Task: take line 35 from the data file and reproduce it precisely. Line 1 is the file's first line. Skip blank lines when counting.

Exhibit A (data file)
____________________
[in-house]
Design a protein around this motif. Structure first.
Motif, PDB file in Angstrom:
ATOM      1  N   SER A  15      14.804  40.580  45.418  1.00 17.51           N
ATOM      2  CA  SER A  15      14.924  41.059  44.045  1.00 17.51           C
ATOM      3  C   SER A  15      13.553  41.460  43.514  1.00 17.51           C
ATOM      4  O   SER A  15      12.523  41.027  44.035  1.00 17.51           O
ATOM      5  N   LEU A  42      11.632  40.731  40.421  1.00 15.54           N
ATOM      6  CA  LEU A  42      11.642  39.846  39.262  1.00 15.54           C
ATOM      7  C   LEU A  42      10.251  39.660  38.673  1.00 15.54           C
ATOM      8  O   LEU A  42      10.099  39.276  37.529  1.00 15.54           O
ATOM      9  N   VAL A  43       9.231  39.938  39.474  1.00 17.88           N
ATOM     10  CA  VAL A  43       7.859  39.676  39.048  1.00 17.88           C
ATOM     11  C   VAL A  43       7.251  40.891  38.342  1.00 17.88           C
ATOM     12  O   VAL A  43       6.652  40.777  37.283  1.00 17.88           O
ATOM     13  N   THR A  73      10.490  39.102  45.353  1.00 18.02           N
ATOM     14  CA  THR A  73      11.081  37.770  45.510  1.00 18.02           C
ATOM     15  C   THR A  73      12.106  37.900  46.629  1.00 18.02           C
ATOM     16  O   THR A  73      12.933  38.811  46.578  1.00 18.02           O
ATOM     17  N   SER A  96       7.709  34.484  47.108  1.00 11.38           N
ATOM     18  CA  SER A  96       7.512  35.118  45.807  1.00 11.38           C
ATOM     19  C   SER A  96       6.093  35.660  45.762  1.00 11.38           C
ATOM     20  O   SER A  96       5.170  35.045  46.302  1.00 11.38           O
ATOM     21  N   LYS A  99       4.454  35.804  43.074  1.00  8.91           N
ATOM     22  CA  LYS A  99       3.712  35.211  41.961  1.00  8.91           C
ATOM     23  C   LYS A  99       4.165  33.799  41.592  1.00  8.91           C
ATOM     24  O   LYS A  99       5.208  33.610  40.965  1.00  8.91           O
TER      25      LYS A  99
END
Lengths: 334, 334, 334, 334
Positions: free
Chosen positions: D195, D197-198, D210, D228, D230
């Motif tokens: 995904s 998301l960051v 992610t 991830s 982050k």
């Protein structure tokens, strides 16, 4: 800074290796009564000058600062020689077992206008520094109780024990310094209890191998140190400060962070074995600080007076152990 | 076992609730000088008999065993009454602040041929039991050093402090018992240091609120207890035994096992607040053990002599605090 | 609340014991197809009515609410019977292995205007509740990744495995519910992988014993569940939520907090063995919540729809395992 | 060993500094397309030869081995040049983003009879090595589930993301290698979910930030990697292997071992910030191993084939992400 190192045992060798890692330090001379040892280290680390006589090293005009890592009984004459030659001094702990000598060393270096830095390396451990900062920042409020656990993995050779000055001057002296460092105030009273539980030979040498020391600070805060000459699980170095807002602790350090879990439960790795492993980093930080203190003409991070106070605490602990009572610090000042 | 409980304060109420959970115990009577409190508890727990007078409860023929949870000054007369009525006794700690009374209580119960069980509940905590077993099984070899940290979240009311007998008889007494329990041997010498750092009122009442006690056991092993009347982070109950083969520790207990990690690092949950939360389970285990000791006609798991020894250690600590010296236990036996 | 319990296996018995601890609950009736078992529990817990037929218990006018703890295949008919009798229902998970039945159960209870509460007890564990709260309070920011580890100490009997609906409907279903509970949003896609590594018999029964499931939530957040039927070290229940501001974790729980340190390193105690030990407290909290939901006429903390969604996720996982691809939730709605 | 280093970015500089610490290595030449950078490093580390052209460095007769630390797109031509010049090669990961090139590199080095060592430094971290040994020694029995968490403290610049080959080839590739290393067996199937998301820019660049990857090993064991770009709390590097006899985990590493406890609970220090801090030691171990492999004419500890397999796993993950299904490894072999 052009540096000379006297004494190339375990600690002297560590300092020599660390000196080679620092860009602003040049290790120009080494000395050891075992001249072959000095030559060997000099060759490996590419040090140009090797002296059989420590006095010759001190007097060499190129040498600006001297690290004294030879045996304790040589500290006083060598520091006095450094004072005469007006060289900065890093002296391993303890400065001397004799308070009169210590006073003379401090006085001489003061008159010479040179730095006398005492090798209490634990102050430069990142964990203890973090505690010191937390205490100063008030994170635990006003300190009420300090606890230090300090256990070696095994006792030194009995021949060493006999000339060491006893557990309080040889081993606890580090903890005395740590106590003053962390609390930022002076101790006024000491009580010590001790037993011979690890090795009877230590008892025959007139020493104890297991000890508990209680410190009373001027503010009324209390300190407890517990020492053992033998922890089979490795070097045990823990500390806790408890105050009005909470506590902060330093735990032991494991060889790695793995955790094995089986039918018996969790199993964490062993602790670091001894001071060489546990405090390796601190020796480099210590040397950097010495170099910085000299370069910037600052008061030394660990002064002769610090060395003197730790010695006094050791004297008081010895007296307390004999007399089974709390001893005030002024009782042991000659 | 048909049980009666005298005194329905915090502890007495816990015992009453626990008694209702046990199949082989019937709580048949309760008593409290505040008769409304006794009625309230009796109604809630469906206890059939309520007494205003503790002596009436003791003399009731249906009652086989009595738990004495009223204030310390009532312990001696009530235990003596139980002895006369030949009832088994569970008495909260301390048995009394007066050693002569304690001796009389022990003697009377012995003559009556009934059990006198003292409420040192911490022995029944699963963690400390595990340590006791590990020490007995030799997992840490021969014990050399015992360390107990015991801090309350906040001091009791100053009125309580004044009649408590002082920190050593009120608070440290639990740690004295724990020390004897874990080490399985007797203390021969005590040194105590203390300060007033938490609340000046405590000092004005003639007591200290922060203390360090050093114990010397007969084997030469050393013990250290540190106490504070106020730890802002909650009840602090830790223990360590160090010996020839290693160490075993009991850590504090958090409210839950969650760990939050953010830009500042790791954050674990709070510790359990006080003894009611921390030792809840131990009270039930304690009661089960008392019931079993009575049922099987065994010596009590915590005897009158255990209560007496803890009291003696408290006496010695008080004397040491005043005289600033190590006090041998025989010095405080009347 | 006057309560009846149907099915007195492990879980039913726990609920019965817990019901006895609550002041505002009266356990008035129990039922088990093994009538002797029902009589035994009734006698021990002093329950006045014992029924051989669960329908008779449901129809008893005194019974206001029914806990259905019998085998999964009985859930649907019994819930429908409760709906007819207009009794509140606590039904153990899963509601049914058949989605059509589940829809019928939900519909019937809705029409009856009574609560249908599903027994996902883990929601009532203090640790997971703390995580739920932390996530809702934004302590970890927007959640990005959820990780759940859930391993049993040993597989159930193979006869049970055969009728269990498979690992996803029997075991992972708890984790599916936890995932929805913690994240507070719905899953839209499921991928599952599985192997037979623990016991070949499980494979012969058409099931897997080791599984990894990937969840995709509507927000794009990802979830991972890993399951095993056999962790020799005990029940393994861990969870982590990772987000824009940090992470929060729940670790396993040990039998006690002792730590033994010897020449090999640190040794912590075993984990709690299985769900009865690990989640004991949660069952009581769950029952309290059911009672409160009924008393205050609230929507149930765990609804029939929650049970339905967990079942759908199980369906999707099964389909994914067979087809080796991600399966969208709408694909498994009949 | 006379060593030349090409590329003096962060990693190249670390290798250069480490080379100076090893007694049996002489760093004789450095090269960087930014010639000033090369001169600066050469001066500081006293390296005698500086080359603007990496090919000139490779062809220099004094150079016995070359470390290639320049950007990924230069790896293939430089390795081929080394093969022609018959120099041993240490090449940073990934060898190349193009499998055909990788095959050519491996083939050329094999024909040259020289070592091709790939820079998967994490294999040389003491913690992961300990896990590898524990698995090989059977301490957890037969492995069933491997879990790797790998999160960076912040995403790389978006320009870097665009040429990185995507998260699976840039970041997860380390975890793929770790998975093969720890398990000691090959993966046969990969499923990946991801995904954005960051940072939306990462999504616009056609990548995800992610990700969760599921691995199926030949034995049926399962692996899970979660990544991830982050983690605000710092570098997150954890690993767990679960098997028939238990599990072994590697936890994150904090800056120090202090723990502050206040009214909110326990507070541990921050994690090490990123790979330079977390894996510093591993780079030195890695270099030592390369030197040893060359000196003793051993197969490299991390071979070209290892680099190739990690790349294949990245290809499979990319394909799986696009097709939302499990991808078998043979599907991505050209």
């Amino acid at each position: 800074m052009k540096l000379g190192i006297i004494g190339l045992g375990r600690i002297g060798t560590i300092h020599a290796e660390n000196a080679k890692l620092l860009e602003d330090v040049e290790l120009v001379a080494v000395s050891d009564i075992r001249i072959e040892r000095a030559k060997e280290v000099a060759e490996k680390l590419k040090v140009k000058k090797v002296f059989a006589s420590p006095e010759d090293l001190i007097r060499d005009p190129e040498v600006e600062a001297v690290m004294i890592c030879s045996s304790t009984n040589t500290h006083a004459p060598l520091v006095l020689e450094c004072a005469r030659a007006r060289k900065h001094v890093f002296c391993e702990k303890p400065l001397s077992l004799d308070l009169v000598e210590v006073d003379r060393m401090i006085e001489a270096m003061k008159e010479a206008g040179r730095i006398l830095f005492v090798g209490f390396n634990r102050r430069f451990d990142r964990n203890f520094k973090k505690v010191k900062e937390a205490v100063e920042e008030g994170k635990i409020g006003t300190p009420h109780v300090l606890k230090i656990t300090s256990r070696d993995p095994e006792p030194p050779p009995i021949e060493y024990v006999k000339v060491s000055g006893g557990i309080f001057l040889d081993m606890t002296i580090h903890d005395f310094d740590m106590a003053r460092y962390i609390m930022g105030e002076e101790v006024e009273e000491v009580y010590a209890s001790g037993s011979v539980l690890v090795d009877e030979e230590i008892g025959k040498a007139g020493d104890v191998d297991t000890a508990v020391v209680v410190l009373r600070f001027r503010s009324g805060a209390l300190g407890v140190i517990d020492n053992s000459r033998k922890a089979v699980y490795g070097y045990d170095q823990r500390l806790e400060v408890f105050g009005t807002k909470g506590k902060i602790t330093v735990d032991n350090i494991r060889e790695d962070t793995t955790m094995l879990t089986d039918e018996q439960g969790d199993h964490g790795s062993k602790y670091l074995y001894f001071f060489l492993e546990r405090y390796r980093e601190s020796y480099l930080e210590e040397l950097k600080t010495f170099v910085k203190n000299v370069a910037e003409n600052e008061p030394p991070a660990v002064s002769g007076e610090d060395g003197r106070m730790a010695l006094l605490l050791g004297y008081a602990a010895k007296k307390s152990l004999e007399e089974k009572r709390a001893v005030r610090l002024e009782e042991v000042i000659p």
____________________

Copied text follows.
């Amino acid at each position: 800074m052009k540096l000379g190192i006297i004494g190339l045992g375990r600690i002297g060798t560590i300092h020599a290796e660390n000196a080679k890692l620092l860009e602003d330090v040049e290790l120009v001379a080494v000395s050891d009564i075992r001249i072959e040892r000095a030559k060997e280290v000099a060759e490996k680390l590419k040090v140009k000058k090797v002296f059989a006589s420590p006095e010759d090293l001190i007097r060499d005009p190129e040498v600006e600062a001297v690290m004294i890592c030879s045996s304790t009984n040589t500290h006083a004459p060598l520091v006095l020689e450094c004072a005469r030659a007006r060289k900065h001094v890093f002296c391993e702990k303890p400065l001397s077992l004799d308070l009169v000598e210590v006073d003379r060393m401090i006085e001489a270096m003061k008159e010479a206008g040179r730095i006398l830095f005492v090798g209490f390396n634990r102050r430069f451990d990142r964990n203890f520094k973090k505690v010191k900062e937390a205490v100063e920042e008030g994170k635990i409020g006003t300190p009420h109780v300090l606890k230090i656990t300090s256990r070696d993995p095994e006792p030194p050779p009995i021949e060493y024990v006999k000339v060491s000055g006893g557990i309080f001057l040889d081993m606890t002296i580090h903890d005395f310094d740590m106590a003053r460092y962390i609390m930022g105030e002076e101790v006024e009273e000491v009580y010590a209890s001790g037993s011979v539980l690890v090795d009877e030979e230590i008892g025959k040498a007139g020493d104890v191998d297991t000890a508990v020391v209680v410190l009373r600070f001027r503010s009324g805060a209390l300190g407890v140190i517990d020492n053992s000459r033998k922890a089979v699980y490795g070097y045990d170095q823990r500390l806790e400060v408890f105050g009005t807002k909470g506590k902060i602790t330093v735990d032991n350090i494991r060889e790695d962070t793995t955790m094995l879990t089986d039918e018996q439960g969790d199993h964490g790795s062993k602790y670091l074995y001894f001071f060489l492993e546990r405090y390796r980093e601190s020796y480099l930080e210590e040397l950097k600080t010495f170099v910085k203190n000299v370069a910037e003409n600052e008061p030394p991070a660990v002064s002769g007076e610090d060395g003197r106070m730790a010695l006094l605490l050791g004297y008081a602990a010895k007296k307390s152990l004999e007399e089974k009572r709390a001893v005030r610090l002024e009782e042991v000042i000659p």